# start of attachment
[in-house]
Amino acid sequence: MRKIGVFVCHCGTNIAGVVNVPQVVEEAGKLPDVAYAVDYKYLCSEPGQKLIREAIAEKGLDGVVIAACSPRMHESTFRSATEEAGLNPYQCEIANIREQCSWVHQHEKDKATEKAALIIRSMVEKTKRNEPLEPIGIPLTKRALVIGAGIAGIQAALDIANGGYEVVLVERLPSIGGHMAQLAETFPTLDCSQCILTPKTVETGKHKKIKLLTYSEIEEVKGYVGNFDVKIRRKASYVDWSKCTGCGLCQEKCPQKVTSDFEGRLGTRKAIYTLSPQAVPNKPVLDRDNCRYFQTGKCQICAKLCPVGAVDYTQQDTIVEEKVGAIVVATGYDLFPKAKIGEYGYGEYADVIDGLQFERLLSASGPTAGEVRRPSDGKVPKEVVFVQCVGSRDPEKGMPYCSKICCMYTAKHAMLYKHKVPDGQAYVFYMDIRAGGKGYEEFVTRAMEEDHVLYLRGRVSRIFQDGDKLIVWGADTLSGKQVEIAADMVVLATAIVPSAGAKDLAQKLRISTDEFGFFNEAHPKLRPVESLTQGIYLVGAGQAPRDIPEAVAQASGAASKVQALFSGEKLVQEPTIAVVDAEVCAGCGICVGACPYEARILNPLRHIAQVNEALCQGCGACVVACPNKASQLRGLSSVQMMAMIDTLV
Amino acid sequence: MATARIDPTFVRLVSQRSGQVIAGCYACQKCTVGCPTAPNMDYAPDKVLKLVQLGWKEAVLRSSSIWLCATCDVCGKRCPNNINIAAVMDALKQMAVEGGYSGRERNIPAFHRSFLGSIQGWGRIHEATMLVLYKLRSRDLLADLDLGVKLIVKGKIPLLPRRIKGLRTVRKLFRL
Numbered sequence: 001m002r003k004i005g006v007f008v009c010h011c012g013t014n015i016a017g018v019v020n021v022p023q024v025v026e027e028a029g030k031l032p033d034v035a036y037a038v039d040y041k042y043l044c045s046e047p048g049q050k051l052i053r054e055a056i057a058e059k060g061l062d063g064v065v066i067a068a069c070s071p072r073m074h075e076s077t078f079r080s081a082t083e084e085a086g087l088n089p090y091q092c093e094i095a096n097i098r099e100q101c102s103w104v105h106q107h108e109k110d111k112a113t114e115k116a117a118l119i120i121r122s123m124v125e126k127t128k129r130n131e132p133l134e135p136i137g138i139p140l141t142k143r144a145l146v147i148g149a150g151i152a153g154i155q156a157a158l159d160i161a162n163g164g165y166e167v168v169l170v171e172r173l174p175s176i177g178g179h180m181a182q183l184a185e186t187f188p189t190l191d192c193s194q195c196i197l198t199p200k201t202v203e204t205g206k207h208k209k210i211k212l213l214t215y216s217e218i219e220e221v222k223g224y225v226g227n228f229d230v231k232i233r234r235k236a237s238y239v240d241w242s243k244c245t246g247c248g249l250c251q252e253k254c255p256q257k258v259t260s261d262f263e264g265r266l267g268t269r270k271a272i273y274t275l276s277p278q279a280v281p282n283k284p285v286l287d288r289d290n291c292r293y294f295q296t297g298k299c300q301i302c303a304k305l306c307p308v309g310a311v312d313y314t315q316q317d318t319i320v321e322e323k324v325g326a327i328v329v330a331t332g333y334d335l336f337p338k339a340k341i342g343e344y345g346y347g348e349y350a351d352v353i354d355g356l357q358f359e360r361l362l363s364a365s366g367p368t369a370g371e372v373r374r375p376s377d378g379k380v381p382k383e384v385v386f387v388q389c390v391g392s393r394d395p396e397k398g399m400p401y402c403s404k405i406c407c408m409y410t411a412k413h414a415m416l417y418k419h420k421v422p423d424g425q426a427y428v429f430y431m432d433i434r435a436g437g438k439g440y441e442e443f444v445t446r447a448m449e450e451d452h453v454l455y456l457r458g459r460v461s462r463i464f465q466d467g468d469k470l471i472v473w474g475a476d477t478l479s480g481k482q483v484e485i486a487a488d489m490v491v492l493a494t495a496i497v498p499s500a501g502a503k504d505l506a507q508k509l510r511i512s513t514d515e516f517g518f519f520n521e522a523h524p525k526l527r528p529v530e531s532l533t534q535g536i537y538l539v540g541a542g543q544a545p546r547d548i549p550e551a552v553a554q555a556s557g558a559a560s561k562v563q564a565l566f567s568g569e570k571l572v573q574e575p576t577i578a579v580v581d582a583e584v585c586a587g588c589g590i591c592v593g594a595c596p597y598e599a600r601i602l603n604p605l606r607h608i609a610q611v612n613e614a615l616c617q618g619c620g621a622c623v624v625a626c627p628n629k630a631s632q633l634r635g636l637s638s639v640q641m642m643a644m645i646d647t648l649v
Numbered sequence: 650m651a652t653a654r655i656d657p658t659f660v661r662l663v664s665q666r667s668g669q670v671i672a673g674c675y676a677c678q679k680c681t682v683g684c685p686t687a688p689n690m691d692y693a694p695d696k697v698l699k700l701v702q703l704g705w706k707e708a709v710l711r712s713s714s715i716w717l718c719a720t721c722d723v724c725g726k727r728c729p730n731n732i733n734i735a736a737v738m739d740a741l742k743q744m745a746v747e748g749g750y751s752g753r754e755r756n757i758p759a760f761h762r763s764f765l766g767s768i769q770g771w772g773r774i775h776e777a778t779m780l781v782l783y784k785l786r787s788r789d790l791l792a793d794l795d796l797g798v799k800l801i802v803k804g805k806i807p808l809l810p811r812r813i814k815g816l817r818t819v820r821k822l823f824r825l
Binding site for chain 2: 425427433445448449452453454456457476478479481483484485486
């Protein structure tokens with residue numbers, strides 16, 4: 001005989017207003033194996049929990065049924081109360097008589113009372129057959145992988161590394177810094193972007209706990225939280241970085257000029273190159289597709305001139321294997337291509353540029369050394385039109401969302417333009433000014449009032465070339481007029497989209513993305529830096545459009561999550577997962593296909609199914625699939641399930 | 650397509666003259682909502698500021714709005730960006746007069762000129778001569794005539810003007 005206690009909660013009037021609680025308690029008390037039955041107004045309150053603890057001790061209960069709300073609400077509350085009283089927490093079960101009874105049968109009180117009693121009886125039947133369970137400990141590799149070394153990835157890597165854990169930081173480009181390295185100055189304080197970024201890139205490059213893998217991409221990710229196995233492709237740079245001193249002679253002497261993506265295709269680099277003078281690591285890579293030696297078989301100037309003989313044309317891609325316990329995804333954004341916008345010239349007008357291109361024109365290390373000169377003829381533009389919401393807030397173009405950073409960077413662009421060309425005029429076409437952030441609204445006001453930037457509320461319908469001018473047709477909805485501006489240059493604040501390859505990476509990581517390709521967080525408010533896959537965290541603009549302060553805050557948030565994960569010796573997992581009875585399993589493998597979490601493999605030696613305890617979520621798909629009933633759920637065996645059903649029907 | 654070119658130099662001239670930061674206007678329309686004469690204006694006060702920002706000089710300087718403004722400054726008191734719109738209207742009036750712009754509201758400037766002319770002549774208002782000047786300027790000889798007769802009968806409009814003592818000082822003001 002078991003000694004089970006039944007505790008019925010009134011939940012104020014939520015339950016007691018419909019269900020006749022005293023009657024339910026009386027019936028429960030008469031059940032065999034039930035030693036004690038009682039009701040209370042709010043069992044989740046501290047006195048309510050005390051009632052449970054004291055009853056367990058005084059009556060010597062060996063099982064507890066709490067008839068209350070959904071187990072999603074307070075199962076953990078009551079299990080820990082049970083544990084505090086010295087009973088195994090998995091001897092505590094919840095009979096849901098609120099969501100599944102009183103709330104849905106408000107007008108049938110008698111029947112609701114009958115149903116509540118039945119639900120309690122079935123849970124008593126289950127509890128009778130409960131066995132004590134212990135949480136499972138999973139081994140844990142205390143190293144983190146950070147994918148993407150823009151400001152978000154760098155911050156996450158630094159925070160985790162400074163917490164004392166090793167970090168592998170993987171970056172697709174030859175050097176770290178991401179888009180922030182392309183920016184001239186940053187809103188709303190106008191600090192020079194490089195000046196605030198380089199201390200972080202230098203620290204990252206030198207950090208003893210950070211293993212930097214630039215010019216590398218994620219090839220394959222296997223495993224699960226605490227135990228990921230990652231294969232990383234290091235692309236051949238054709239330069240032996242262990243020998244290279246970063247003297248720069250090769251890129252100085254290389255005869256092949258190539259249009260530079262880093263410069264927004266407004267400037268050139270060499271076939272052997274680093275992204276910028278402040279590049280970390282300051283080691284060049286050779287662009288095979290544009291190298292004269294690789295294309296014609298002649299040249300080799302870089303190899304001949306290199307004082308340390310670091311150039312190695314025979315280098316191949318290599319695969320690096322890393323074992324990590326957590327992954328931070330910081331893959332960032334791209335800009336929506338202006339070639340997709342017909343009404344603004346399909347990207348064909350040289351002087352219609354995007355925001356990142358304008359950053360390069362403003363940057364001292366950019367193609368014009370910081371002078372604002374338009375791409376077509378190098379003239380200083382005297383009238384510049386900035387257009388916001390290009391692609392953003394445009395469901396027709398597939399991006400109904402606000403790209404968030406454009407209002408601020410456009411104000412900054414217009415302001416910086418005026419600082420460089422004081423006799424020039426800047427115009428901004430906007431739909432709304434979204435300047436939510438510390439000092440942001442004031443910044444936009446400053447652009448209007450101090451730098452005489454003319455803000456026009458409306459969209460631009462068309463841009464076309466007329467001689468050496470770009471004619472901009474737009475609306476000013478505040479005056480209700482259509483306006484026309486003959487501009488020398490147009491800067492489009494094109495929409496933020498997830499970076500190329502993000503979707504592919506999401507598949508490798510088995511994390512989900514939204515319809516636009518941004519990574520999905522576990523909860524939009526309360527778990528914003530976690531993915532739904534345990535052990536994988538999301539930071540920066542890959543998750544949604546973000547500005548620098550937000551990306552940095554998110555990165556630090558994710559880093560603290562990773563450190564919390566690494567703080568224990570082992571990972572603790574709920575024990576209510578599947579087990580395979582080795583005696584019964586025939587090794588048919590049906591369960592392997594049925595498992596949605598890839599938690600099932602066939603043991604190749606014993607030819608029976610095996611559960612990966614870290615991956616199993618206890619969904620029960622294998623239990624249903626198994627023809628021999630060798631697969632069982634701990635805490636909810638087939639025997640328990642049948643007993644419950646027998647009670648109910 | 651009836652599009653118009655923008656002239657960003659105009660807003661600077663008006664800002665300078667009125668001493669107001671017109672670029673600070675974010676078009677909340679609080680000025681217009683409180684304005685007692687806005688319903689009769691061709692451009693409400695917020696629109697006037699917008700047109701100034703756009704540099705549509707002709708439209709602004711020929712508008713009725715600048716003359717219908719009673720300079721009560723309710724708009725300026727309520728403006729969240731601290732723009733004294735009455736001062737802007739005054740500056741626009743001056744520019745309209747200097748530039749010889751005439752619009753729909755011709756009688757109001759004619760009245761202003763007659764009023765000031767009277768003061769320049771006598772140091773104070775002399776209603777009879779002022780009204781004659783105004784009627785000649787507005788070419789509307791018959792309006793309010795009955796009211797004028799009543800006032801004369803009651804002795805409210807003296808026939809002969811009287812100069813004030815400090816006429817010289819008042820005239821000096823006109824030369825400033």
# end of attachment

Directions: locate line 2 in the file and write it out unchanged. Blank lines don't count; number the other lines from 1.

Amino acid sequence: MRKIGVFVCHCGTNIAGVVNVPQVVEEAGKLPDVAYAVDYKYLCSEPGQKLIREAIAEKGLDGVVIAACSPRMHESTFRSATEEAGLNPYQCEIANIREQCSWVHQHEKDKATEKAALIIRSMVEKTKRNEPLEPIGIPLTKRALVIGAGIAGIQAALDIANGGYEVVLVERLPSIGGHMAQLAETFPTLDCSQCILTPKTVETGKHKKIKLLTYSEIEEVKGYVGNFDVKIRRKASYVDWSKCTGCGLCQEKCPQKVTSDFEGRLGTRKAIYTLSPQAVPNKPVLDRDNCRYFQTGKCQICAKLCPVGAVDYTQQDTIVEEKVGAIVVATGYDLFPKAKIGEYGYGEYADVIDGLQFERLLSASGPTAGEVRRPSDGKVPKEVVFVQCVGSRDPEKGMPYCSKICCMYTAKHAMLYKHKVPDGQAYVFYMDIRAGGKGYEEFVTRAMEEDHVLYLRGRVSRIFQDGDKLIVWGADTLSGKQVEIAADMVVLATAIVPSAGAKDLAQKLRISTDEFGFFNEAHPKLRPVESLTQGIYLVGAGQAPRDIPEAVAQASGAASKVQALFSGEKLVQEPTIAVVDAEVCAGCGICVGACPYEARILNPLRHIAQVNEALCQGCGACVVACPNKASQLRGLSSVQMMAMIDTLV